The role of the phospholipid sphingomyelin in heart disease

Subroto Chatterjee, Antonina Kolmakova, Michael Miller

Research output: Contribution to journalReview articlepeer-review

12 Scopus citations


Sphingomyelin (SM) is an integral component of mammalian cell membranes and nerves. However, the inability to catabolize SM may lead to its accumulation in various tissues and organs, resulting in pathological disorders such as Niemann Pick disease. Elevated levels of SM have also been identified as an independent risk factor for coronary heart disease. During the past two decades, data have emerged that support an important role for metabolites of SM, such as ceramide and sphingosine-1-phosphate, in the regulation of phenotypic changes such as cell proliferation, cell-cycle arrest, apoptosis and angiogenesis. Further studies of the molecular and pathobiological basis of these phospholipids may facilitate advances in the discovery of drugs with which to mitigate diseases that may result from an elevation in SM and its metabolites.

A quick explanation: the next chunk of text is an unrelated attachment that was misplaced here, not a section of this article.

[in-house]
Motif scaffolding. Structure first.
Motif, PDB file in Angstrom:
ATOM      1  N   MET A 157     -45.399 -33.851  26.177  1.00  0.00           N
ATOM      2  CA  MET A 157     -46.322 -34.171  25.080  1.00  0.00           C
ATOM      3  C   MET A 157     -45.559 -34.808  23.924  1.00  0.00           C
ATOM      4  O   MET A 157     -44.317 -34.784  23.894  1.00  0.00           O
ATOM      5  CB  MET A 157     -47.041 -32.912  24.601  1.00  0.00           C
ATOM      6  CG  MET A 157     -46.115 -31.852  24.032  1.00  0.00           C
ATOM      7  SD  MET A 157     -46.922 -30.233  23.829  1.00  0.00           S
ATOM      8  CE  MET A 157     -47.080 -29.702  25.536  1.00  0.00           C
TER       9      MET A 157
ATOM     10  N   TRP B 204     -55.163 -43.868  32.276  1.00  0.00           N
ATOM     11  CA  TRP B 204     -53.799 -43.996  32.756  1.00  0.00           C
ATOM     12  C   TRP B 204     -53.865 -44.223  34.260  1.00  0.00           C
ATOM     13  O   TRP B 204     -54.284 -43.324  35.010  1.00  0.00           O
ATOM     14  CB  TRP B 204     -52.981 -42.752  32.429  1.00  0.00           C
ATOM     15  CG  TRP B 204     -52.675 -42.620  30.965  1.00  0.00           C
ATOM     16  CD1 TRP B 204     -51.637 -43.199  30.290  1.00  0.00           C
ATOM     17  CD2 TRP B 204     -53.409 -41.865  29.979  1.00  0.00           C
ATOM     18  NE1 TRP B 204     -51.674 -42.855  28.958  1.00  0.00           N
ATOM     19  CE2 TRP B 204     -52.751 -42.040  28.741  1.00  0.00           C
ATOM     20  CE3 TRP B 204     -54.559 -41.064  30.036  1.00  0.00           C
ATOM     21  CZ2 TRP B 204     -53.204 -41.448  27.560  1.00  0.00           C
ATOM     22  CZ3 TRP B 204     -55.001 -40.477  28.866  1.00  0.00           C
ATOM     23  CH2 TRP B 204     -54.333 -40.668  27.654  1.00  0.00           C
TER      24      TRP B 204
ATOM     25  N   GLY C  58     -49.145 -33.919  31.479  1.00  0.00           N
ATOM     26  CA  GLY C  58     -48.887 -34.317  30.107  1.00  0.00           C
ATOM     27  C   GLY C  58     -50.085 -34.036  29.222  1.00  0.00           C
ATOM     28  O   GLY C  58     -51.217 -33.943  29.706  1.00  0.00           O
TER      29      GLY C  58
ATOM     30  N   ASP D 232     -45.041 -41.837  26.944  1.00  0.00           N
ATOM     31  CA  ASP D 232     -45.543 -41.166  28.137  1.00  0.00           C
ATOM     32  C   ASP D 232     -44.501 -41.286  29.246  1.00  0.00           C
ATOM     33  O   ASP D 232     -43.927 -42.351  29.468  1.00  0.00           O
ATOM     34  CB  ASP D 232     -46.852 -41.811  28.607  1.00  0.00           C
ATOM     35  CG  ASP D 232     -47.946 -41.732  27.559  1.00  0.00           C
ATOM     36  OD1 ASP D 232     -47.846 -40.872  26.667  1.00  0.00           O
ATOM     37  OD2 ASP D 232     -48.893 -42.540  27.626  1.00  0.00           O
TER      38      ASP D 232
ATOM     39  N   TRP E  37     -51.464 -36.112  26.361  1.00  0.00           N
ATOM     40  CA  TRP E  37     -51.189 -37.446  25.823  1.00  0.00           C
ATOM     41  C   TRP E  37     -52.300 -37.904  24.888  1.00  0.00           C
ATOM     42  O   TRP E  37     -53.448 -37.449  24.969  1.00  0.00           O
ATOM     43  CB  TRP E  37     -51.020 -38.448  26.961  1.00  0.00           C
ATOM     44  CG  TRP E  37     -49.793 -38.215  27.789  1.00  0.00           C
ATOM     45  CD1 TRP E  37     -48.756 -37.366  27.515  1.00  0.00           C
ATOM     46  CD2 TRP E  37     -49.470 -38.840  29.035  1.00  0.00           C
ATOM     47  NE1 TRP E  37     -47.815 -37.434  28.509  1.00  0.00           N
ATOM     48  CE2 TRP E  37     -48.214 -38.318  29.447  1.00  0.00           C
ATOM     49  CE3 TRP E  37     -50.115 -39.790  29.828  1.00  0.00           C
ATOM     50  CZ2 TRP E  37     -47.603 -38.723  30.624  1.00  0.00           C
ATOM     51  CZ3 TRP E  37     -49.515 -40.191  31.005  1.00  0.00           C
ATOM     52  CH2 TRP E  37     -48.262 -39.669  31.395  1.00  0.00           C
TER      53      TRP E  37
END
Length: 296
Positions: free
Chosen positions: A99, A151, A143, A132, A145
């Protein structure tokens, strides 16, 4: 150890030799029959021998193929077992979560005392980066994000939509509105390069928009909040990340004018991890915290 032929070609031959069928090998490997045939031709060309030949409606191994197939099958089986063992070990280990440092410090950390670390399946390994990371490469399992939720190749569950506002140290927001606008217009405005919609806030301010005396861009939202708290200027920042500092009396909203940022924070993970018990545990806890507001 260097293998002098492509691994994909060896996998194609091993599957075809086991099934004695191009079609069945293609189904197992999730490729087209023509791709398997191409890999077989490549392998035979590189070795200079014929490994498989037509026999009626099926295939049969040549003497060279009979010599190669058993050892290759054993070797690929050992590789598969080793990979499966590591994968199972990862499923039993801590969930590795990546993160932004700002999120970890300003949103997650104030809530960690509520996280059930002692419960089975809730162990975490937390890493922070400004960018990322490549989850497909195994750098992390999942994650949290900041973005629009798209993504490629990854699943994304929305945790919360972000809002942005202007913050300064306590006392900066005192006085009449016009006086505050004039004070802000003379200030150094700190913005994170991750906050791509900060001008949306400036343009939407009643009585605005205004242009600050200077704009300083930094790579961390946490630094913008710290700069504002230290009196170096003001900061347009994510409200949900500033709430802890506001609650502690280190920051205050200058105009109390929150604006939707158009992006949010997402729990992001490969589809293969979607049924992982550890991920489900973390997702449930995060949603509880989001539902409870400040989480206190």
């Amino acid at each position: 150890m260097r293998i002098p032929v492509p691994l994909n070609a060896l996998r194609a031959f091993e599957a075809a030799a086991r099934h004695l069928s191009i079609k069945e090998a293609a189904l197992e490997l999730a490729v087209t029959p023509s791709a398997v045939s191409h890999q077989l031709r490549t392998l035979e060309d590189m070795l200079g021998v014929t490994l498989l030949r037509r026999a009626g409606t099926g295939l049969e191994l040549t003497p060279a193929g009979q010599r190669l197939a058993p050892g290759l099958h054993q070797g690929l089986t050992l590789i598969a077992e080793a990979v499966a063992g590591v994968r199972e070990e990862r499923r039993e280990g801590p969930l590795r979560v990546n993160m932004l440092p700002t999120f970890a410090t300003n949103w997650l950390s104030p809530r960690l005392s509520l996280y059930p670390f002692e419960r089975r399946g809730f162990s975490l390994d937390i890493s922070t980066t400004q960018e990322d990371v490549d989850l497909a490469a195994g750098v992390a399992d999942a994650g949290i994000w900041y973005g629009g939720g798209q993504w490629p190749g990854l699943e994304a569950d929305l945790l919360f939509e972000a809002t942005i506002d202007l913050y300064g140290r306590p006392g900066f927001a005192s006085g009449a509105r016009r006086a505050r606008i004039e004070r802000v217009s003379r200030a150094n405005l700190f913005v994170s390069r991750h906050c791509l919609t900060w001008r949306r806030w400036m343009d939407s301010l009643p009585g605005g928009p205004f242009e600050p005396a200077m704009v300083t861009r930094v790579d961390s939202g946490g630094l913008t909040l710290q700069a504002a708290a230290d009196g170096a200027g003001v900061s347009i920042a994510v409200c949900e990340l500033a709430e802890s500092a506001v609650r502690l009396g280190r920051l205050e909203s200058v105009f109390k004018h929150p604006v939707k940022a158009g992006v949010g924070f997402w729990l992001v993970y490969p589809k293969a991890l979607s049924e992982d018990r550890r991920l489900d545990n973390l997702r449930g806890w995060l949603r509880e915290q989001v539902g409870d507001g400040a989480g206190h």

Original languageEnglish (US)
Pages (from-to)219-228
Number of pages10
JournalCurrent Opinion in Investigational Drugs
Issue number3
StatePublished - Mar 2006


  • Ceramide
  • Cholesterol
  • Coronary heart disease
  • Sphingomyelinase
  • Sphingosine 1-phosphate

ASJC Scopus subject areas

  • Pharmacology
  • Drug Discovery


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